A Sellars Duo and Trilogy
Last summer in New York I saw the Finnish-French Kaija Saariaho's "La Passione de Simone." Last week and this, in New York and Los Angeles, I saw the Rumanian-Hungarian-German Gyorgy Kurtag's "Kafka Fragments." They form a duo, both directed by Peter Sellars and sung by Dawn Upshaw (and lighted by James F. Ingalls). Each lasts some 70 minutes and was inspired by a despairing Jew: The French Simone Weil starved herself to death when she refused to eat more than a concentration-camp inmate during the Holocaust. Franz Kafka was, well, Kafka, and hence Kafka-esque.
But "La Passione" is also the third installment in a trilogy, inspired and directed by Sellars, with texts by the Lebanese-French Amin Maalouf. The first was the spectacular opera "L'Amour de Loin" in Salzburg. The second was the fascinating but less intense opera "Adriana Mater" in Paris. And now, this quasi-operatic monologue.
What this duo and trilogy do first of all is attest to Sellars's ability to win the loyalty of talented collaborators. The two seen by me this year also attest to Upshaw's unique blend of musical skill, sweet vocalism and an seemingly innocent normalcy, which helps project these intense passions with an intensity unexpected and hence reinforced by contrast. And intensity they need, since they are gloomy indeed, albeit illuminated here and they by shafts of hope.
"La Passione" was commissioned by Sellars's New Crowned Hope festival two years ago in Vienna, in which contemporary composers were asked to write works somehow connected to Mozart masterpieces. Like John Adams's "Flowering Tree" and its links to "The Magic Flute." "La Passione" is supposed to evoke Mozart's Requiem, which it does in its grand, life-or-death seriousness.
The "Kafka Fragments" production started life in early 2005 and has now been revived after Upshaw has been through life-threatening health crises, which Sellars perhaps indiscretely argues may have deepened her interpretation. The score, austerely set for solo soprano solo and onstage solo violinist, was not intended as a stage work. But Sellars, finally understanding that he couldn't persuade Kurtag to write one, decided to make his own Kurtag opera from this.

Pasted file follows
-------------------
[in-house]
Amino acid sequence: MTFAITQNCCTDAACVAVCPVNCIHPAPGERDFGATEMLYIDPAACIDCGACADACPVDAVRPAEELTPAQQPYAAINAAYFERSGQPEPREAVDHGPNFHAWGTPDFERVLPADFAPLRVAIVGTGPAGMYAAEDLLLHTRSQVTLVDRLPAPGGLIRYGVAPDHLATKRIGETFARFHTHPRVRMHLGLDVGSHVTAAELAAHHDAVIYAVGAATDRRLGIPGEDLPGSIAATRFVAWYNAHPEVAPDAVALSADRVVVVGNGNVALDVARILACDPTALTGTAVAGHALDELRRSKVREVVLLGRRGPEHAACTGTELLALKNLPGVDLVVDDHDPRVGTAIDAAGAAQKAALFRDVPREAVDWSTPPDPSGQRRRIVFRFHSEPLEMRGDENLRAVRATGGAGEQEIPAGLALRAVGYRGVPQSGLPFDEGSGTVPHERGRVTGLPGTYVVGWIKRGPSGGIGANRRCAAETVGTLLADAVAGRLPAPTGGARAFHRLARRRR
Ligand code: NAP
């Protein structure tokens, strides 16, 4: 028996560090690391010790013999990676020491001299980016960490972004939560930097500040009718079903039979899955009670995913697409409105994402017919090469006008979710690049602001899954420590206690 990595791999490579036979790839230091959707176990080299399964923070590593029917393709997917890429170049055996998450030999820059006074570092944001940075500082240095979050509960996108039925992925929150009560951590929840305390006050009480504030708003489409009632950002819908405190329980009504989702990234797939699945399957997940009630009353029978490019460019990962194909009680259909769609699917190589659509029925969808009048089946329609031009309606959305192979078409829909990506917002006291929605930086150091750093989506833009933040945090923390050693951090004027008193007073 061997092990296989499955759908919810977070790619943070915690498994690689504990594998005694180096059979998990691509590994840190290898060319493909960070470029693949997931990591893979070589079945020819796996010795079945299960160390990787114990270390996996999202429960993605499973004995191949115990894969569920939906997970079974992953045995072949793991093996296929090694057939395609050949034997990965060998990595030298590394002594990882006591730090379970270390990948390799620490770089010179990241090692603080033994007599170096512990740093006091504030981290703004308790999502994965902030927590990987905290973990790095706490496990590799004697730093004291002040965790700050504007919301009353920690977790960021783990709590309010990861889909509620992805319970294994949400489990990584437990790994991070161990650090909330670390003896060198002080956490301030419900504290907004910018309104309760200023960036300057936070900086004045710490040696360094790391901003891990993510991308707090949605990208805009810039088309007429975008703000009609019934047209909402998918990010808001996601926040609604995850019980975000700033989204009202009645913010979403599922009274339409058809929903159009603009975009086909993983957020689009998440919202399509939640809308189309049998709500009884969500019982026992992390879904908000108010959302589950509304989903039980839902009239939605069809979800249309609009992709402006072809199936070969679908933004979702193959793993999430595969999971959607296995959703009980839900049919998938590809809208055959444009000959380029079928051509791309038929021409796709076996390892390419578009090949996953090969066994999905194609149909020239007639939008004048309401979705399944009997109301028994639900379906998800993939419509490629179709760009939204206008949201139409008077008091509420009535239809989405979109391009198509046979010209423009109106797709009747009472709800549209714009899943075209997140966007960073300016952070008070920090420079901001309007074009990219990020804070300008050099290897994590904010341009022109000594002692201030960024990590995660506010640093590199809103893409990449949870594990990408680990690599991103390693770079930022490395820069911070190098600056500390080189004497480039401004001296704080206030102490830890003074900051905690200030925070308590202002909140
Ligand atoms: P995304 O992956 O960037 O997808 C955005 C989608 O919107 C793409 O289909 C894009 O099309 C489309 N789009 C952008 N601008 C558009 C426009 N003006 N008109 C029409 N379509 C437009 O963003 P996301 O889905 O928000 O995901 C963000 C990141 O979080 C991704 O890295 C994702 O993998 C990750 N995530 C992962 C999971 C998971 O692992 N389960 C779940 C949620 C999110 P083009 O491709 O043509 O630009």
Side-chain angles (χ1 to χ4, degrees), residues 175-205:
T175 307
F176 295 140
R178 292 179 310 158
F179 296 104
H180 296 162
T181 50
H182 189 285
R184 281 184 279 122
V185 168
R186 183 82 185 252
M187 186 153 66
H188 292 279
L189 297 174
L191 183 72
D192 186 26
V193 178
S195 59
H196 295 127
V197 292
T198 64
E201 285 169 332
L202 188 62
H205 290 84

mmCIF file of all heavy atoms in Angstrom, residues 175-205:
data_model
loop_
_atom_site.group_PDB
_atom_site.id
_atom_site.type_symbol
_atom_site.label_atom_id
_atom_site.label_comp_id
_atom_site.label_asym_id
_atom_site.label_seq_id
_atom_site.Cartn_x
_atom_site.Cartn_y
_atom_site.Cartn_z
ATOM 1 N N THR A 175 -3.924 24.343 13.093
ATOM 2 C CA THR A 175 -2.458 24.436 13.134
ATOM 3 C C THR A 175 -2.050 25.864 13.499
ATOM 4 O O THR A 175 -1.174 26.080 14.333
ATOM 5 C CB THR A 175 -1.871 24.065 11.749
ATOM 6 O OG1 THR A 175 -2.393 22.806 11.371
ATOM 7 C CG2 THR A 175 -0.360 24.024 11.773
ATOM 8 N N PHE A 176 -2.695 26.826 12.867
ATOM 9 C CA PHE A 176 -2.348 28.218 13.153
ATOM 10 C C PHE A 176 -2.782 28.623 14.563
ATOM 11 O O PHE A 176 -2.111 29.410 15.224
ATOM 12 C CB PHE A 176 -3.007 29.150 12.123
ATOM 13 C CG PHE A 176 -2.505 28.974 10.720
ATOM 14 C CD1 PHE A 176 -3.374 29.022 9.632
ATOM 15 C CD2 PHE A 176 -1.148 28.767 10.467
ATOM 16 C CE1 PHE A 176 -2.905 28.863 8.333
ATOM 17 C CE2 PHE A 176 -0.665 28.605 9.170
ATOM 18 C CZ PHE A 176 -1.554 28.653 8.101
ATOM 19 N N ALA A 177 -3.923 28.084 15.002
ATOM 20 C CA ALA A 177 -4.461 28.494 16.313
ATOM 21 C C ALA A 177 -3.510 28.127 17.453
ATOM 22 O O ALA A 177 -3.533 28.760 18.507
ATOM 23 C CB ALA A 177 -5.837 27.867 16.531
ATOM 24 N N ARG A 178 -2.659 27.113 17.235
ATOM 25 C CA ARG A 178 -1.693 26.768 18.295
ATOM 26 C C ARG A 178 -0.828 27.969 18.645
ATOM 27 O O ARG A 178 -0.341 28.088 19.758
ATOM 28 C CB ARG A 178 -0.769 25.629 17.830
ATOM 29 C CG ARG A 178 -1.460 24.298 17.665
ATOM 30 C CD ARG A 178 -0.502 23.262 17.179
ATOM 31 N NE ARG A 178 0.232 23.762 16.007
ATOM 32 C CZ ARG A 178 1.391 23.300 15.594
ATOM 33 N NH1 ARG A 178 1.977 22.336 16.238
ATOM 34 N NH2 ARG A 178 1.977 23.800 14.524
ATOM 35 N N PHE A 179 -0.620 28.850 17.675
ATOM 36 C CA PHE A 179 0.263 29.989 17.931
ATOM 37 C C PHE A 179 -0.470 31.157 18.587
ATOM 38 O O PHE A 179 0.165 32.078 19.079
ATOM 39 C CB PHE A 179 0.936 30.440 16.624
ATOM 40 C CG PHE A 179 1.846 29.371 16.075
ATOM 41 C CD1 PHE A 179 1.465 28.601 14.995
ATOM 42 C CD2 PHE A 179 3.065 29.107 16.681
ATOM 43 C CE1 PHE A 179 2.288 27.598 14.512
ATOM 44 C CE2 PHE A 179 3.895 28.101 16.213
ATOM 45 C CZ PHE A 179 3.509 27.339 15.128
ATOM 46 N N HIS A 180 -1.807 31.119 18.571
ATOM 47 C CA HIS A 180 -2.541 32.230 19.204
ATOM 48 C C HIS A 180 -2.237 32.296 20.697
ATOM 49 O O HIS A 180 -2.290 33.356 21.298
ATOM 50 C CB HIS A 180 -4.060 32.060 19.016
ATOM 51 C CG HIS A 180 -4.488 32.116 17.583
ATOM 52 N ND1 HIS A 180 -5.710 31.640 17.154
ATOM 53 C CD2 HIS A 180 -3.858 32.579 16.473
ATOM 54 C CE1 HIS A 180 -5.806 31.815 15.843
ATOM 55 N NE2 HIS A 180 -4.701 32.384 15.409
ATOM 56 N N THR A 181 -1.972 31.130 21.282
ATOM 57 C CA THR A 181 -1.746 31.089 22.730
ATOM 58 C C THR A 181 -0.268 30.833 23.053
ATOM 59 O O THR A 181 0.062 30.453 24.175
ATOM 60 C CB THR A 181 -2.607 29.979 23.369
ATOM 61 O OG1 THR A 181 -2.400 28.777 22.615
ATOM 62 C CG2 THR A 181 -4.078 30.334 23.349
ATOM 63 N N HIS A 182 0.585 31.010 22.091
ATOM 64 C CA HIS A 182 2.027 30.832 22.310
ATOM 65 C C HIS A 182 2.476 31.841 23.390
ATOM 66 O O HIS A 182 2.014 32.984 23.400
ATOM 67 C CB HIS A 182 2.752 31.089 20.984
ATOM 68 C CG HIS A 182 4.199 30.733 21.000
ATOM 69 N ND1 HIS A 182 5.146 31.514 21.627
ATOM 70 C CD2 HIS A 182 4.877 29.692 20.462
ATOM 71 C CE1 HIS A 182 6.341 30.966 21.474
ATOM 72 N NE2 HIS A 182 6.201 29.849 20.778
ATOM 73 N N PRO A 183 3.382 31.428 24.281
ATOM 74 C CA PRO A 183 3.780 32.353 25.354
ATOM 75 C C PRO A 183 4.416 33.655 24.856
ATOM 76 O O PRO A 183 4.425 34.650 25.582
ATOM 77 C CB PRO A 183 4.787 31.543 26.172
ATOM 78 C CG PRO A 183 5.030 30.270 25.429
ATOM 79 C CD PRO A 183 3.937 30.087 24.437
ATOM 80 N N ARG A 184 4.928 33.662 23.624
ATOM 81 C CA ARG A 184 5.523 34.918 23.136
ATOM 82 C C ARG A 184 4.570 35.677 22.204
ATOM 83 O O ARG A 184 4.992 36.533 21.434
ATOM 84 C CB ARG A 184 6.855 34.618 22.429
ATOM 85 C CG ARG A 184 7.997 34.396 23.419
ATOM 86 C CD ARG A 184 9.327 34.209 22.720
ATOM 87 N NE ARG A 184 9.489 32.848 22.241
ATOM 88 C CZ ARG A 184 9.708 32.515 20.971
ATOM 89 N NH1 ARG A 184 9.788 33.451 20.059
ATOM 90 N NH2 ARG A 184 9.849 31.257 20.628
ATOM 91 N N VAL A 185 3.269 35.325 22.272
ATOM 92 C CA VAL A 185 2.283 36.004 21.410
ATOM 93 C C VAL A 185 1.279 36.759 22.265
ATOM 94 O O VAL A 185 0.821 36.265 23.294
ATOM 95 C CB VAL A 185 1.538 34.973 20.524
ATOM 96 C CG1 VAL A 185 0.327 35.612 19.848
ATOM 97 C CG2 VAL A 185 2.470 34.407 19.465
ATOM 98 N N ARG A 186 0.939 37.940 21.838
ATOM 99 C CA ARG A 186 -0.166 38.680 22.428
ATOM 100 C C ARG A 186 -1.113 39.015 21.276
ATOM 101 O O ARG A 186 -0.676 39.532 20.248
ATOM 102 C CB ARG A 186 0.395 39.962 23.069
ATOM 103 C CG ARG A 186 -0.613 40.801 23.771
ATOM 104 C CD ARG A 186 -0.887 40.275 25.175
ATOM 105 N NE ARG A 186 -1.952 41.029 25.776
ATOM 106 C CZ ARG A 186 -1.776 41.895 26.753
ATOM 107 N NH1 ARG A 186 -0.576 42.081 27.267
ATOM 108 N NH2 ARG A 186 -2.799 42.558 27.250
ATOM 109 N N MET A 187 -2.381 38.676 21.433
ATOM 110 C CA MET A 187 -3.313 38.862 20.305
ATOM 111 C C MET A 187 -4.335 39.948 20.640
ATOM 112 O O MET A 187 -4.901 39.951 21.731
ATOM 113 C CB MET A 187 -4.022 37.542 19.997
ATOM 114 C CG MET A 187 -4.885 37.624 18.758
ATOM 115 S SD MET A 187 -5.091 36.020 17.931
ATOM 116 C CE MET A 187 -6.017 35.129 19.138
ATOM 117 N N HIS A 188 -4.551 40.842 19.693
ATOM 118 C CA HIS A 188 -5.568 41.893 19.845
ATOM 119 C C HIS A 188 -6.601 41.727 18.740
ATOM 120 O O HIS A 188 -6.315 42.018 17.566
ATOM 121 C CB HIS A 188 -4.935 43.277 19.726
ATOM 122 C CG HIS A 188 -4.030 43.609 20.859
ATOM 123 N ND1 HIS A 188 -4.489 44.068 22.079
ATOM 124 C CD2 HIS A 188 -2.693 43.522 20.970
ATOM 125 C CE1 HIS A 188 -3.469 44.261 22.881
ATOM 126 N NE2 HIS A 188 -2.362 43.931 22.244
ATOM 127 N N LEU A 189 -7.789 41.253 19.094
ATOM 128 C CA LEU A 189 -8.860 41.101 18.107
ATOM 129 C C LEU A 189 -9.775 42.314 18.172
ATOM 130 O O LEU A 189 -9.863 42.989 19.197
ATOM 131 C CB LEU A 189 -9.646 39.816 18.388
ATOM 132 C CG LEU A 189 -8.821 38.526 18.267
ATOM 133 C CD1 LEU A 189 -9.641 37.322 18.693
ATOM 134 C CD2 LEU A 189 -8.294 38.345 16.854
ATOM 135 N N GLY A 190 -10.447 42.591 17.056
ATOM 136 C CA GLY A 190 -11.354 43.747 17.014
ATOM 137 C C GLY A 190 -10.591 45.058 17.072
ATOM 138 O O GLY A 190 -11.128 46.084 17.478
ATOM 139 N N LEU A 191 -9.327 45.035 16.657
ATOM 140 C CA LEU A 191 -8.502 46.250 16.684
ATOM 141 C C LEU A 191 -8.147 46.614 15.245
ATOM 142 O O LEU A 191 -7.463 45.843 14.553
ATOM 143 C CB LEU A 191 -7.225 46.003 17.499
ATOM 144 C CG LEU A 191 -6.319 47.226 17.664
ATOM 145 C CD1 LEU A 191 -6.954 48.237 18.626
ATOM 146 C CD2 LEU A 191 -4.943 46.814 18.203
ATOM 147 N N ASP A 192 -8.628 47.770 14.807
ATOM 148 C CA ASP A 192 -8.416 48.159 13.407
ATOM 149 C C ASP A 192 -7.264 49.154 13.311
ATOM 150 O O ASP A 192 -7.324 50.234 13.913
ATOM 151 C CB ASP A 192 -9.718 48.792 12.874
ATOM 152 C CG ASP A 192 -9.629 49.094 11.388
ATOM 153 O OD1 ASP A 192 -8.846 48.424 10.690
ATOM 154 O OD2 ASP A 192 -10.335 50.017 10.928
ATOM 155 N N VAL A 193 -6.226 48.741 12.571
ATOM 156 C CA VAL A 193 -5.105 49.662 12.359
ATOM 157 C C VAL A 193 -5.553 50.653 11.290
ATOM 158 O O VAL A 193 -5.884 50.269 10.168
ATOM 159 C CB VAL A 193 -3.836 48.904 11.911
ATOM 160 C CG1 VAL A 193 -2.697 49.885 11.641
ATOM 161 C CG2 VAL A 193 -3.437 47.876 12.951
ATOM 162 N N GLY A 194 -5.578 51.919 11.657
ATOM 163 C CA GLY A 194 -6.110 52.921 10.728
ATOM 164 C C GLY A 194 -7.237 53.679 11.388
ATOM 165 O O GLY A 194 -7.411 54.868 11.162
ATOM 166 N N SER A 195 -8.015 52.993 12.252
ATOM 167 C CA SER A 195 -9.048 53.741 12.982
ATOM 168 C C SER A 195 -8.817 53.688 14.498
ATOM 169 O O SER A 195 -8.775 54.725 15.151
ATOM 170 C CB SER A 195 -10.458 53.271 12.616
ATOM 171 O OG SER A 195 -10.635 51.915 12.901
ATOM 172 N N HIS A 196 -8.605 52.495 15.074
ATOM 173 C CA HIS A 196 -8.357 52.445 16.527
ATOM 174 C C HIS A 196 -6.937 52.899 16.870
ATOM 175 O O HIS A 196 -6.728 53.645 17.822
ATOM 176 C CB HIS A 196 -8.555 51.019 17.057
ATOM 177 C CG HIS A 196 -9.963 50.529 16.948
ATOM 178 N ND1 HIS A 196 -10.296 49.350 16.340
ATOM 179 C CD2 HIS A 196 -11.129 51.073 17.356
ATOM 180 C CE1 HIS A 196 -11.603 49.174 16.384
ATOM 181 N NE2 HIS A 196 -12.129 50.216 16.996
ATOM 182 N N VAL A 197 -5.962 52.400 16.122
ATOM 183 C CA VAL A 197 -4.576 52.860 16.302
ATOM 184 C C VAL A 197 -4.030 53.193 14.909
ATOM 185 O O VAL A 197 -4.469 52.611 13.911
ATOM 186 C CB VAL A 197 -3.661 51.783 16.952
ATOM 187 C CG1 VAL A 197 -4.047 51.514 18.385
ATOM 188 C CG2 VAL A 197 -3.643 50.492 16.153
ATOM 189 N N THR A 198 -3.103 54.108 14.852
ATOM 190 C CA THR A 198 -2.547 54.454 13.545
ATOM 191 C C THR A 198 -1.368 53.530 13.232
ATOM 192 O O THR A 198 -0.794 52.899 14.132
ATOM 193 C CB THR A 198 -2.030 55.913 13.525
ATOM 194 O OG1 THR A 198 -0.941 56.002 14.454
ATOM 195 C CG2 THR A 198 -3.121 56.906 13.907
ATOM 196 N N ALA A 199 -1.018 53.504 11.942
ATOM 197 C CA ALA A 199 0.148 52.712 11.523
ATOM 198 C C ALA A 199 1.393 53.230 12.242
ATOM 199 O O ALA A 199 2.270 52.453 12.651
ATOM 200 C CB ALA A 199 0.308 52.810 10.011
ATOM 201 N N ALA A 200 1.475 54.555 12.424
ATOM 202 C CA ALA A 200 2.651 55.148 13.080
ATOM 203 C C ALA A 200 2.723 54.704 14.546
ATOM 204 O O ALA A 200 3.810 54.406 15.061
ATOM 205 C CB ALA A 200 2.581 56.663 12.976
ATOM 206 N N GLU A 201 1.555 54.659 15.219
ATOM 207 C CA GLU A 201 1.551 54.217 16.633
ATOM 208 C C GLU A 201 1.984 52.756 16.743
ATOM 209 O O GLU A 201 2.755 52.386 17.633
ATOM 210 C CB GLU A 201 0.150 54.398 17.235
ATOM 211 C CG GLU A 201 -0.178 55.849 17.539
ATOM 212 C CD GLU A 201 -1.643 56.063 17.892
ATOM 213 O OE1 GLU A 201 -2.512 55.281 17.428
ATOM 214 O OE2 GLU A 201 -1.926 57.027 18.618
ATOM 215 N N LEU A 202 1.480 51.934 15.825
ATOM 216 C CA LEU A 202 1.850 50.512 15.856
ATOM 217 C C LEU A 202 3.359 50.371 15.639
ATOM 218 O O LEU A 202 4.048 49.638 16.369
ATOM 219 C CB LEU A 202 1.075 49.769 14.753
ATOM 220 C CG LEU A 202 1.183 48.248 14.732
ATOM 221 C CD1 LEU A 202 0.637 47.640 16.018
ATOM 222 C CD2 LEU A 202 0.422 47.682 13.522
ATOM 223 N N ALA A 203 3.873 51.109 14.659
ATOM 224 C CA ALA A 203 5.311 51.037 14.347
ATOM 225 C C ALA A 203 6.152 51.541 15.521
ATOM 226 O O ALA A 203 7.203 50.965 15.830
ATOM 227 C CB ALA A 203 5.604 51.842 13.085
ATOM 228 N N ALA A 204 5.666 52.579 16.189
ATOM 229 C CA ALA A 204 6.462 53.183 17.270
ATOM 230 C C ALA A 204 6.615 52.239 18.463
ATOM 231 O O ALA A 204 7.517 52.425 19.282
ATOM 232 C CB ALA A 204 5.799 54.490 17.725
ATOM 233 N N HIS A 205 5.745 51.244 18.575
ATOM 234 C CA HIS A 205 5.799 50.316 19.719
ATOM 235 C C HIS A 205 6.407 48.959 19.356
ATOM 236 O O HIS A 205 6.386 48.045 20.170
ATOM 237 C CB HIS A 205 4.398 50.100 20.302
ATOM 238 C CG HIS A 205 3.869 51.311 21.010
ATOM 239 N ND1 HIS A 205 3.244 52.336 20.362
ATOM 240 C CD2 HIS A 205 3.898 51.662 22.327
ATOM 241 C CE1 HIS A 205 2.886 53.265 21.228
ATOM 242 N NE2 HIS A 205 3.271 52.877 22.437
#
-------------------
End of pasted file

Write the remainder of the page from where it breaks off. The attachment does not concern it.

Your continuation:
The result may not be deeply moving, but it is continuously engrossing, thought-provoking and touching -- like most Sellars productions. The staging involves an ordinary woman doing domestic tasks (ironing, folding, mopping, sweeping), wirh the fragments like random thought-balloons while she putters. This doesn't add an unnecessary layer to the music; it makes it more accessible without dumbing it down.
And Sellars, in post-performance conversation in New York and a pre-perfomance monologue in Los Angeles, offered hints of secret layers of meaning. Such as a moment in which Upshaw, having brushed her teeth, applies the toothbrush to the floor. This replicates a Holocaust memorial statue in Vienna in which a Jew is forced by the Nazis to scrub the street with a toothbrush, which actually happened after the Anschluss.
Some might still find the added dramatic overlay a distraction, and still others remained unconvinced by David C.Michaelek's stark, black-and-white projected photographs, over which one could read an English translation of the German texts. I liked them, and am in any case inclined to cut Michaelek a lot of slack after his amazing "Slow Dancing" installation.
Even with Gerard Mortier's withdrawal from the New York City Opera, where he planned to use Sellars extensively, and even with Peter Gelb's misguided decision not to use Sellars's production of Adams's "Doctor Atomic" at the Met, Sellars will still be everywhere in upcoming years. To judge from this duo of ever-inventive, deeply commited productions, that's a cause for celebration.
For an ongoing conversation and news reports about arts journalism, go to the blog of the National Arts Journalism Program, here.
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